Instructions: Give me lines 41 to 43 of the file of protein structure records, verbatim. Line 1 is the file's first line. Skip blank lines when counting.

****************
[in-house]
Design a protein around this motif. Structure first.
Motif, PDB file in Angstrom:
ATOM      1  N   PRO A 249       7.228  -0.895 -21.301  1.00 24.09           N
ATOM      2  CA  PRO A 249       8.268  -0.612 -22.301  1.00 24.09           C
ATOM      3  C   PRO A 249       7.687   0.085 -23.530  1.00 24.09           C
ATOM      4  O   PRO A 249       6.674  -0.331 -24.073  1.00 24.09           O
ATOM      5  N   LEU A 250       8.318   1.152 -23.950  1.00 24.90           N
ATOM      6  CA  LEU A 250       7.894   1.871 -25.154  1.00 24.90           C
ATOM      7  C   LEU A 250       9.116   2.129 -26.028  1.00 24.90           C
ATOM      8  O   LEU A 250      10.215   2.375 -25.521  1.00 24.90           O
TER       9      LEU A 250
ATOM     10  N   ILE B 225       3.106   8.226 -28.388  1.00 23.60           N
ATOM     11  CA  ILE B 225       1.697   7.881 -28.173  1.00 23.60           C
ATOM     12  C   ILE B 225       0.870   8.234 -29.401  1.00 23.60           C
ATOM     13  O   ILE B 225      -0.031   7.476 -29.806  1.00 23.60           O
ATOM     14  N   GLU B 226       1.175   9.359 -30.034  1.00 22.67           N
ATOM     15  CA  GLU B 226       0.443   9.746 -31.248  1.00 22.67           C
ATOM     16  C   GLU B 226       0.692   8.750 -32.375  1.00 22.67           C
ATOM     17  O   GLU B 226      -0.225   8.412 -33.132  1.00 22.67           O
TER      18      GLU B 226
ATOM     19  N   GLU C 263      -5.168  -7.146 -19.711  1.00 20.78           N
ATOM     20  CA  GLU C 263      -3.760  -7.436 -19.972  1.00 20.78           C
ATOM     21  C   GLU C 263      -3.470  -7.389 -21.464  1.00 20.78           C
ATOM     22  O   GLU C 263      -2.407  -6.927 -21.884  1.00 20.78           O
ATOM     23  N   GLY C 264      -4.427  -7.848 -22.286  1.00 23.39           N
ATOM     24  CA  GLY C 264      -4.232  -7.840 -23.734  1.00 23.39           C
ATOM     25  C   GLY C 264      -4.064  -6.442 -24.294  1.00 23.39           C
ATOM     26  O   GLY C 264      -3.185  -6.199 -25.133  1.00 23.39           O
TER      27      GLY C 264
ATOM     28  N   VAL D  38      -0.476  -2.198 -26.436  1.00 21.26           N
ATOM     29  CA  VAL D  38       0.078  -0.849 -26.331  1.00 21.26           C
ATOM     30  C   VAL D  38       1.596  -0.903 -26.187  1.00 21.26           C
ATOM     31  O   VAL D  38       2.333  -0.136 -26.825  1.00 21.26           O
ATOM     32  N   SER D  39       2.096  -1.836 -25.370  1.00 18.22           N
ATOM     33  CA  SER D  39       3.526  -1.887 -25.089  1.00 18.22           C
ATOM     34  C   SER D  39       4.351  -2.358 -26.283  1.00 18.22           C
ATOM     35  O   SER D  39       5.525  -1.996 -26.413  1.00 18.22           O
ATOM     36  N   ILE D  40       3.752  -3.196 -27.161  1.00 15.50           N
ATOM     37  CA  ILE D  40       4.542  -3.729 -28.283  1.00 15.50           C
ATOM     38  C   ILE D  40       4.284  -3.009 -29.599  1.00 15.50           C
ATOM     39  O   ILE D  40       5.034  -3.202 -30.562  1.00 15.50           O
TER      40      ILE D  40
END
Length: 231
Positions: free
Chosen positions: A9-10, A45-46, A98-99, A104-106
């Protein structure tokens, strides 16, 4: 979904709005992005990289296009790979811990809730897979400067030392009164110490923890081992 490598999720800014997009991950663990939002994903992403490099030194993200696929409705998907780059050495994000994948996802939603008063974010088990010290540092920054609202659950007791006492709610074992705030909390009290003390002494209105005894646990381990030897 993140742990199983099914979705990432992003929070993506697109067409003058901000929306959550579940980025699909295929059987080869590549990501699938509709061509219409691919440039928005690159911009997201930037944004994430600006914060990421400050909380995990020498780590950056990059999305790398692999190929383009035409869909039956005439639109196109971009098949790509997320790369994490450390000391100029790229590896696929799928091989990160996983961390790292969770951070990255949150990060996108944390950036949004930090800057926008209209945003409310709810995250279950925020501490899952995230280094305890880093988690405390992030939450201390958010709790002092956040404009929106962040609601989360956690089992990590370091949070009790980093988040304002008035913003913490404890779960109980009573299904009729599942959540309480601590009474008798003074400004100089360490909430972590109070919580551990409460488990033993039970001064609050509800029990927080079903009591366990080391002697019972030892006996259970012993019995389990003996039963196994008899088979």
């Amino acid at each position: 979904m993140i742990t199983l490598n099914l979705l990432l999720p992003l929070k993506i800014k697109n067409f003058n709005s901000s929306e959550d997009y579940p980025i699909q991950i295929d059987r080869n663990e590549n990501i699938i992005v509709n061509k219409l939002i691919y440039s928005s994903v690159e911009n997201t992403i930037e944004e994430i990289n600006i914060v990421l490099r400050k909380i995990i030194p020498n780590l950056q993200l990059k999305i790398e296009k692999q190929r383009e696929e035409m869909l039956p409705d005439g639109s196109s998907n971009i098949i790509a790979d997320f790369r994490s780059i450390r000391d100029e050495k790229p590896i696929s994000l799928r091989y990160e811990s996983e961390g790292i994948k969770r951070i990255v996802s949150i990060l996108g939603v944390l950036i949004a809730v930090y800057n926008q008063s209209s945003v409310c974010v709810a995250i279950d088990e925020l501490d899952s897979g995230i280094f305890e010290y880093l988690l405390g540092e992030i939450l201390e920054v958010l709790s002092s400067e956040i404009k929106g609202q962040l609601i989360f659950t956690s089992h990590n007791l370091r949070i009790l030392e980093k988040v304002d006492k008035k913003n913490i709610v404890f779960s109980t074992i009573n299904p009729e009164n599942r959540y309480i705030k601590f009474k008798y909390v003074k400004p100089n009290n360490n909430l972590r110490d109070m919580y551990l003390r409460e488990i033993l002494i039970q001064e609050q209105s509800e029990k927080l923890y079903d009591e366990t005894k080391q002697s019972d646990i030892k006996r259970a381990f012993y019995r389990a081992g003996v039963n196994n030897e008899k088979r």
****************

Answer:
ATOM     38  C   ILE D  40       4.284  -3.009 -29.599  1.00 15.50           C
ATOM     39  O   ILE D  40       5.034  -3.202 -30.562  1.00 15.50           O
TER      40      ILE D  40